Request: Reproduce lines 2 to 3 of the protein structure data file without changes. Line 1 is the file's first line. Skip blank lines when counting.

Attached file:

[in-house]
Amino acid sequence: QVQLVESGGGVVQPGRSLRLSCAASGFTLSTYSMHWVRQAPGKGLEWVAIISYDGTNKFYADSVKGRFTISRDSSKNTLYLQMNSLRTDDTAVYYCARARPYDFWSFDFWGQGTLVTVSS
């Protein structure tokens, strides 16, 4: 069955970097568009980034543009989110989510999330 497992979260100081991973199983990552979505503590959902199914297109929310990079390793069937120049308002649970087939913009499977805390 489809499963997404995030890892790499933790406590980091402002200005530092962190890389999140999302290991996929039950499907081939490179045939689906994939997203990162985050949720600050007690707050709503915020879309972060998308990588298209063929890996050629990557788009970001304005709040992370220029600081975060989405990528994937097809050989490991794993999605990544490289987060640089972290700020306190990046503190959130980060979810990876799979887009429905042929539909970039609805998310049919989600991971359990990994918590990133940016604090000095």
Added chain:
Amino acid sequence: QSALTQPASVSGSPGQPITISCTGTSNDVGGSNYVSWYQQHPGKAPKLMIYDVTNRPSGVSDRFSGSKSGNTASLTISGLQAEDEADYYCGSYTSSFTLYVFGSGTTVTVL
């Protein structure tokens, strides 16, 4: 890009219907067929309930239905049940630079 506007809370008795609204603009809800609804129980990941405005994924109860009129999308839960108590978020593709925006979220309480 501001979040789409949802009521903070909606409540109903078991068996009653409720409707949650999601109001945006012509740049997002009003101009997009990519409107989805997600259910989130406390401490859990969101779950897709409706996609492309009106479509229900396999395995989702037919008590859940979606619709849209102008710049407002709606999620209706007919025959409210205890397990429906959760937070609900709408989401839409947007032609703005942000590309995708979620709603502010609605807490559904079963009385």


Amino acid sequence: QVQLVESGGGVVQPGRSLRLSCAASGFTLSTYSMHWVRQAPGKGLEWVAIISYDGTNKFYADSVKGRFTISRDSSKNTLYLQMNSLRTDDTAVYYCARARPYDFWSFDFWGQGTLVTVSS
């Protein structure tokens, strides 16, 4: 069955970097568009980034543009989110989510999330 497992979260100081991973199983990552979505503590959902199914297109929310990079390793069937120049308002649970087939913009499977805390 489809499963997404995030890892790499933790406590980091402002200005530092962190890389999140999302290991996929039950499907081939490179045939689906994939997203990162985050949720600050007690707050709503915020879309972060998308990588298209063929890996050629990557788009970001304005709040992370220029600081975060989405990528994937097809050989490991794993999605990544490289987060640089972290700020306190990046503190959130980060979810990876799979887009429905042929539909970039609805998310049919989600991971359990990994918590990133940016604090000095």